If you want majestic Colorado is great, but Alaska is even better. Some of my favorite trips there are Anchorage to Fairbanks (we did it on the train and stopped for a couple of days at Denali, but you can drive). Wrangle/St. Elias down through Valdez, where you can take a ferry back to get you to Anchorage.And finally, down through the Kenai Pen. to Homer and back.But be warned. The distances are huge.
John McCrarey mentions a trip across the top of AZ. I enjoy the trip down from Moab down through Monument Valley ending in Kayenta, which ends only 80 miles from where his does. You can stop at Canyonlands and Arches Nat. Parks along the way. Best to start though from Cisco and follow the Colorado to Moab, instead of the faster I-70 to Crescent Junction and down.Unfortunately, just like that 200 mile stretch of I-70 I mentioned above, I travel this route way too often on my trips back and forth to Phoenix, so I get a bit jaded. But it is very beautiful.
The Beartooth Highway left me cold. Emotionally. It seemed scraggly.US 50 through Nevada (the "Loneliest Road") is pretty but not spectacular--and not really lonely; there is a significant amount of traffic. The incredible regularity of going up one range, cresting and seeing the next range in the distance, going down into the basin, then up the next range, cresting and seeing the upcoming range, going down into the basin--ten or so times--is either soothing or boring.But keep on US 50 into Nevada and it changes. It climbs into the Front Range of the Rockies and then joins with I-70 in Salina. At which point, it plunges down into beautiful rock formations, going right through several of them. Then through the San Rafael Swell (which once almost became Utah National Park). There are a number of overlooks you can turn out on. We did it with lightning storms in the distance. Very nice.A very different experience is Route 9 across southern Vermont from Brattleboro to Bennington. The mountains here are green and not as high. But the whole trip is pleasant and some of the views are spectacular.
Utah 12 going east from US 89 deservedly makes many lists of "most spectacular" roads. It's especially good if you're into rocks and drop-offs.Also, it goes to Bryce Canyon National Park. Unlike its neighbors Zion NP and Grand Canyon NP, Bryce is not actually a canyon, but it is prettier than both of them, and in the summer less crowded and significantly cooler.In July and August, Zion and Grand Canyon (South Rim) are endured. Bryce is enjoyed.
Roger Sweeney -The lightening storms in the distance in Utah! Had the same experience. Girlfriend and I had been at the Blue Grass Festival in Teluride the day before. Got up early and drove Teluride to Fallon, Nevada (almost California)the next day.I remember the winding roads peppered with little lightening storms, maybe 500 meters wide. Literally tempests in teapots. We wound around them all morning. Great memory - thanks for bringing it back!
I've travelled a great many of the roads covered in the previous posts. My preference would be for nearly any road that is a lightly travelled two lane, non-flat, with trees and vistas, interesting small towns along the way. It's just about the best thing imaginable and I can find them in every part of the country--especially the Midwest.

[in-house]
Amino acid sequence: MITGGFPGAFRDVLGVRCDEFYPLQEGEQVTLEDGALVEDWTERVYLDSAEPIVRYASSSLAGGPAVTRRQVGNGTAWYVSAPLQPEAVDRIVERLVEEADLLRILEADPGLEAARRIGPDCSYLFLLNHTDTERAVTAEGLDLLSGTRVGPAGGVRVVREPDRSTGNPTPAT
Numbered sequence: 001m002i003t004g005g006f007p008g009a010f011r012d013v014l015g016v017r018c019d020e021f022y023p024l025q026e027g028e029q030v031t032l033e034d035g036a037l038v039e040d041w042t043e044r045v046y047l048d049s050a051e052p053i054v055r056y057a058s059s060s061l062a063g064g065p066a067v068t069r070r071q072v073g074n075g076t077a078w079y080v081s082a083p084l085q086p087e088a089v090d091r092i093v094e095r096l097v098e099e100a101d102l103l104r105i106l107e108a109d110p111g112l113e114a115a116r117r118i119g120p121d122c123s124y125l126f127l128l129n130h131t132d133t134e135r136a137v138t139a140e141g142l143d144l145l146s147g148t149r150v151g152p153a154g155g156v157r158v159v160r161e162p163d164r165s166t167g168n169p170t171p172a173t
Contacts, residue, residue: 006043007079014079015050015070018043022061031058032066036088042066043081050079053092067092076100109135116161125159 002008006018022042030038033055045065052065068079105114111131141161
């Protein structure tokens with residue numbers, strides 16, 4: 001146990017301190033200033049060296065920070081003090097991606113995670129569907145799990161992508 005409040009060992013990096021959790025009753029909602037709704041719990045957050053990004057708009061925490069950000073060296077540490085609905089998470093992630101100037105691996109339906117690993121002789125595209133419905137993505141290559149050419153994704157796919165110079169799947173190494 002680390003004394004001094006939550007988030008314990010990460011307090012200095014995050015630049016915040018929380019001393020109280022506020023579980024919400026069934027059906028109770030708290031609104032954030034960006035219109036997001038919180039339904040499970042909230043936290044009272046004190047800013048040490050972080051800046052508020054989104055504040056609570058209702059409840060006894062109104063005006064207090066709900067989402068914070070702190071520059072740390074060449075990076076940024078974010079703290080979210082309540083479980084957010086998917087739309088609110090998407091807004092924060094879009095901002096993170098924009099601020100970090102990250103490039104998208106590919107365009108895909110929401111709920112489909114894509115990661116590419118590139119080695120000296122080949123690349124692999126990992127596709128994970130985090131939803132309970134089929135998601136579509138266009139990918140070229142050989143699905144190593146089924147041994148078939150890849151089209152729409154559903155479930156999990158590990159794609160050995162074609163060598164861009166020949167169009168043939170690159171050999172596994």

Menlo Bob: Good point. For a photography trip, the little towns are better than really scenic places.
Someone jogged my memory above. The first leg of my trip out to California from Texas, 15 years ago, was on Highway 287 between Fort Worth and Amarillo. There were thunderstorms in the distance---just far enough to give me a wonderful show without endangering my drive. Truly awesome. It was as if I was getting a farewell sendoff or something. (Could have been a "good riddance" too, I didn't ask.)In contrast, I don't think I saw lightning here in the Bay Area for almost the first 10 years I lived here. I'm looking forward to my return to Texas, where I will enjoy the shows again while sitting on my (covered) porch.
6 South from Provo to I-70 in Utah is really something.
Lessee...beautiful highways...114 around Gunnison, CO67 between Fort Stockon and Alpine, TX (for a whole lotta nothin'), then 118 to my place in the middle of nowhereGreen River, UT going through Helper and Price...that's kinda prettyalong the Columbia Gorge, but that's an interstate, I think159 out of La Grange, TX, going through Oldenburg, Warrenton,and Round Top (pop. 81)Too many to remember & list.
Try North Georgia...Georgia Highway 348 (Richard Russell Scenic Highway) - 14.1 miles of scenic mountain drive, overlooks. The Highway crosses the Appalachian Trail. Elevations range from 2,040 feet to 3,644 feet.
The most beautiful road in America is the Going to the Sun highway across Glacier National Park. The road skirts glacial lakes McDonald and St. Mary;s as it climbs the Garden Wall to crest the Continental Divide at Logan Pass. In the Spring the road passes under and over numerous waterfalls with Heaven's Peak a snow covered sentinal high above. The first time I drove it I was so moved I turned around and drove it again in the opposite direction. Of course this meant that I had to drive it a third time to get to my destination. No Problem. I never tired of it.